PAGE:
Clinical Neuroscience


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[Background - Age-related macular degeneration (AMD) and Alzheimer dementia (AD) show similarities (advanced age, formation of deposits of similar content). Recently apolipoprotein E 2 (apoE 2) has been associated with AMD, while apoE4 with AD. The question of coexistence, especially with respect to the genetic background has not been studied earlier. We investigated, therefore, the occurrence of AMD in AD patients and compared their lipid profile and apoE polymorphism. Methods - 49 AMD, 32 AD and 27 control patients were examined (risk factors, visual acuity, slit lamp biomicroscopy, fundoscopy). Following measurement of triglyceride, total and HDL cholesterol levels, apoE mutation analysis was performed. Results - AMD was found in 8% of the cooperating AD patients. The prevalence of the apoE 4 isoforms in the AMD, AD and the control patients was 2%, 47% and 22%, while that of apoE 2 was 17%, 6% and 7%, respectively. The prevalence of apoE 3 isoform was 82%, 41% and 71%, respectively. Triglyceride, total and HDL cholesterol were in the reference range; however, AD patients were characterized by a lower total cholesterol value. Conclusions - The new finding of this publication is the rare occurrence of AMD among AD patients. The higher frequency of apoE 4 among the AD population, and the higher frequency of apoE 2 among AMD patients in the South-Western region of Hungary confirms the findings of other investigators.]

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[The goal of treatment of dementia-related disorders is to reserve cognitive and functional ability, minimize behavioral and psychological disturbances, and slow disease progression, since currently available therapies can not reverse the pathologic processes. Among them, the most common is Alzheimer’s disease and vascular dementia. The authors review the therapeutic guidelines of these dementia types adapted to Hungarian conditions. Cho­li­nesterase inhibitors represent first-line therapy for patients with mild to moderate Alzheimer’s disease, whereas a glutamate N-metil-D-aspartate antagonist is used in the treatment of moderate to severe Alzheimer’s disease. In milder stages, phar­macotherapy may be supplemented by the use of nootropics. The progression slowing drugs have not only impact on cognitive symptoms but also affect behavioral and psychological symptoms. De­pen­ding on the severity of dementia and the existence of behavioral and psychological symptoms, these medicines may be re­commended as monotherapy or in combination. To further alleviate behavioral and psychological symptoms a variety non-pharmacological methods are known, at present their effectiveness has not been proven. Antipsychotics may be used to reduce agitation and aggression. Taking into account the side effects profile of antipsychotics, tiapride or risperidon ad­mi­nistration can be considered. In the case of their ineffectiveness, haloperidol may be used. ]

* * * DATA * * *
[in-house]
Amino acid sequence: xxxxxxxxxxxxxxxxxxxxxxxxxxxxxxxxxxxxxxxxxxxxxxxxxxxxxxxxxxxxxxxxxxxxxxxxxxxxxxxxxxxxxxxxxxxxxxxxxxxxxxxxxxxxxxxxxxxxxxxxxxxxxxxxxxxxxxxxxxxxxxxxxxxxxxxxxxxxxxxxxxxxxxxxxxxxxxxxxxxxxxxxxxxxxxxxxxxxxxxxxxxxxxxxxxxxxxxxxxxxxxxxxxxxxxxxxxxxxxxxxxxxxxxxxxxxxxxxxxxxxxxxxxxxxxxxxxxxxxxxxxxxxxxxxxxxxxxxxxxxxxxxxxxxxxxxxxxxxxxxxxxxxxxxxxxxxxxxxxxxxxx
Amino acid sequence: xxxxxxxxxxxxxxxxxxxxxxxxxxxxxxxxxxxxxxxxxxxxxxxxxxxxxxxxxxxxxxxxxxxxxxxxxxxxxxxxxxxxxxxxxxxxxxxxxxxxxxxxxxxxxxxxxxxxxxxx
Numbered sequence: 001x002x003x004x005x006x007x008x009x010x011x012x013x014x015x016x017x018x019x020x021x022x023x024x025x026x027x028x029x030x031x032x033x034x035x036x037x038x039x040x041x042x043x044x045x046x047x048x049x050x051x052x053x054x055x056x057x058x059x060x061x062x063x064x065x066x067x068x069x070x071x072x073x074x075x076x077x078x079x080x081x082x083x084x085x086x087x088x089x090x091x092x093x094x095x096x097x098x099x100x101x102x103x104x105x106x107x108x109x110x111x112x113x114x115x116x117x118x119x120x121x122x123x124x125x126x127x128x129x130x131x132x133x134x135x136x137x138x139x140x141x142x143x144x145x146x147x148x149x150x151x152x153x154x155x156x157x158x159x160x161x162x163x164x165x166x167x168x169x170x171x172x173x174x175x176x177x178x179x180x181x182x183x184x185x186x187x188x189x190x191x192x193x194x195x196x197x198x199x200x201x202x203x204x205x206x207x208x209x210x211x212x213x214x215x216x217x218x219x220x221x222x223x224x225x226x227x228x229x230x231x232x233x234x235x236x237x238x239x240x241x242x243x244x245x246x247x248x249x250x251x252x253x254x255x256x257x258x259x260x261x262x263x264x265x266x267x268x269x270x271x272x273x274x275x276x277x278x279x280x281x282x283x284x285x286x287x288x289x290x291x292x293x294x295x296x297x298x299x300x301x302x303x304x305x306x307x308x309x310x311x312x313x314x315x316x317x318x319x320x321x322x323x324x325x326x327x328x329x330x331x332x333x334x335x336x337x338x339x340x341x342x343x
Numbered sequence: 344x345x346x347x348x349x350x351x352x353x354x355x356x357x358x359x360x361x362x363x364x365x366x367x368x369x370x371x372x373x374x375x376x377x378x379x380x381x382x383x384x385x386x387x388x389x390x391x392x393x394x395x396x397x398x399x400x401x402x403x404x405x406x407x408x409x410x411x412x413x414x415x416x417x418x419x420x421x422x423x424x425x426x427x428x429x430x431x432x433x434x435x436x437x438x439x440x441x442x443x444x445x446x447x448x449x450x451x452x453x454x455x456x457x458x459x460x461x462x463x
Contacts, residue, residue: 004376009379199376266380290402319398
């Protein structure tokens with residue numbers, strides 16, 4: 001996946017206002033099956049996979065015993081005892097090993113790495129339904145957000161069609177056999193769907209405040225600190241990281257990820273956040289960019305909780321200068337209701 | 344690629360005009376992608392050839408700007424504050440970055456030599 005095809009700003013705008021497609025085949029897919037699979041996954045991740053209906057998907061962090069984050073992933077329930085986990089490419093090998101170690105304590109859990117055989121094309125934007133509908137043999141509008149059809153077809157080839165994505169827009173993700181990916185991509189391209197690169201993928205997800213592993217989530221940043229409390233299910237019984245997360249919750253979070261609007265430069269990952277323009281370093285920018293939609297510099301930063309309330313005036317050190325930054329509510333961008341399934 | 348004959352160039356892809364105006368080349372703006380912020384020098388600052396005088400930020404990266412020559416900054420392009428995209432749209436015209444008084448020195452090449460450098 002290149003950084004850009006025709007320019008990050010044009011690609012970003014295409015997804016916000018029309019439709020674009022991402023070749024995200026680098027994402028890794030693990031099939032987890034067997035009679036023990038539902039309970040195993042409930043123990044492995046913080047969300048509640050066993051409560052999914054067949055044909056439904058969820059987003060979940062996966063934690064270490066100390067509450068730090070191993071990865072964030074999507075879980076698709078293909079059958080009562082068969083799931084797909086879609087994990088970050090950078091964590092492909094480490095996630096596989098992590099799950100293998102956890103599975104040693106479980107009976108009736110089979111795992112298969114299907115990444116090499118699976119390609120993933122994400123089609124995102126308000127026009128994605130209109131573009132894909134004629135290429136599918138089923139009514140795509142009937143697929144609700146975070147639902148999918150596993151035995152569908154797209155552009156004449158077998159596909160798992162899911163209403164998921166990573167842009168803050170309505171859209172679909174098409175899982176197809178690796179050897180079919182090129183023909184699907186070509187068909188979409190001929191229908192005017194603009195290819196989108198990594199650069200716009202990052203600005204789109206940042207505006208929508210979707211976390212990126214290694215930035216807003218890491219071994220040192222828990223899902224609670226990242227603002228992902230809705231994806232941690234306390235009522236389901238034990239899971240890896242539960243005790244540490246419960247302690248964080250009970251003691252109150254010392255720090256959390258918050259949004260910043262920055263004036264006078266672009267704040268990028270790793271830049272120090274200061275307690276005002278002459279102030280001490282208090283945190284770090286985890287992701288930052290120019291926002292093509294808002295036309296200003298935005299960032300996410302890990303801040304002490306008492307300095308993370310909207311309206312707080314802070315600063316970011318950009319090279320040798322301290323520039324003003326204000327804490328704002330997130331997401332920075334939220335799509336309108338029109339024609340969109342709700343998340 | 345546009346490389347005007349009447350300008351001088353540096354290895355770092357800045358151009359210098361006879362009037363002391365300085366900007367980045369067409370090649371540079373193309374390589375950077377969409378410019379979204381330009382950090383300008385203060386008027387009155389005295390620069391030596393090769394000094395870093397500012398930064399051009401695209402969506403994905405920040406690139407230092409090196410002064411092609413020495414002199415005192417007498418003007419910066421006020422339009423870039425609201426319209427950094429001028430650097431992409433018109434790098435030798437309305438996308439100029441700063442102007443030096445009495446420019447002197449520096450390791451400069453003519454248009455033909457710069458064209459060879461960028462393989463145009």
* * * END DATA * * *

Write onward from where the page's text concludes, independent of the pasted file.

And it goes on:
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[The role of immobilization stress and sertindole on the expression of APP, MAPK-1 and β-actin genes in rat brain]

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[Stress, depending on its level and quality, may cause adaptive and maladaptive alterations in brain functioning. As one of its multiple effects, elevated blood cortisol levels decrease the synthesis of the neuroprotective BDNF, thus leading to hippocampal atrophy and synapse loss, and rendering it a possible cause for the Alzheimer’s disease (AD) related neuropathological and cognitive changes. As a result of the stress response, intraneuronal alterations - also affecting the metabolism of β-actin - can develop. These have a role in the regulation of memory formation (LTP), but in pathological conditions (AD) they could lead to the accumulation of Hirano bodies (actin-cofilin rods). According to the dementia treatment guidelines, the behavioural and psychological symptoms of AD can be treated with certain antipsychotics. Therefore, the aim of our study was to examine the effects of sertindole (currently not used in the standard management of AD) on the transcription of some AD associated genes (amyloid precursor protein [APP], mitogen activated protein kinase-1 [MAPK-1], β-actin) in the brain of rats exposed to chronic immobilization stress (CIS). Male Wistar rats were exposed to CIS for three weeks. The four groups were: control (n=16), CIS (n=10), 10 mg/kg sertindole (n=5) and 10 mg/kg sertindole + CIS (n=4). Following transcardial perfusion, the relative levels of hippocampal and cortical mRNA of the previously mentioned genes were measured with real-time PCR. CIS induced hippocampal β-actin (p<0.01), MAPK-1 and APP (p<0.05) mRNA overexpression. The simultaneous administration of sertindole suppressed this increase in β-actin, MAPK-1 and APP expression (p<0.05). Ours is the first report about CIS induced β-actin gene overexpression. This finding, in accordance with the similar results in APP and MAPK-1 expression, underlines the significance of cytoskeletal alterations in AD pathogenesis. The gene expression reducing effect of sertindole suggests that antipsychotic drugs may have a neuroprotective effect.]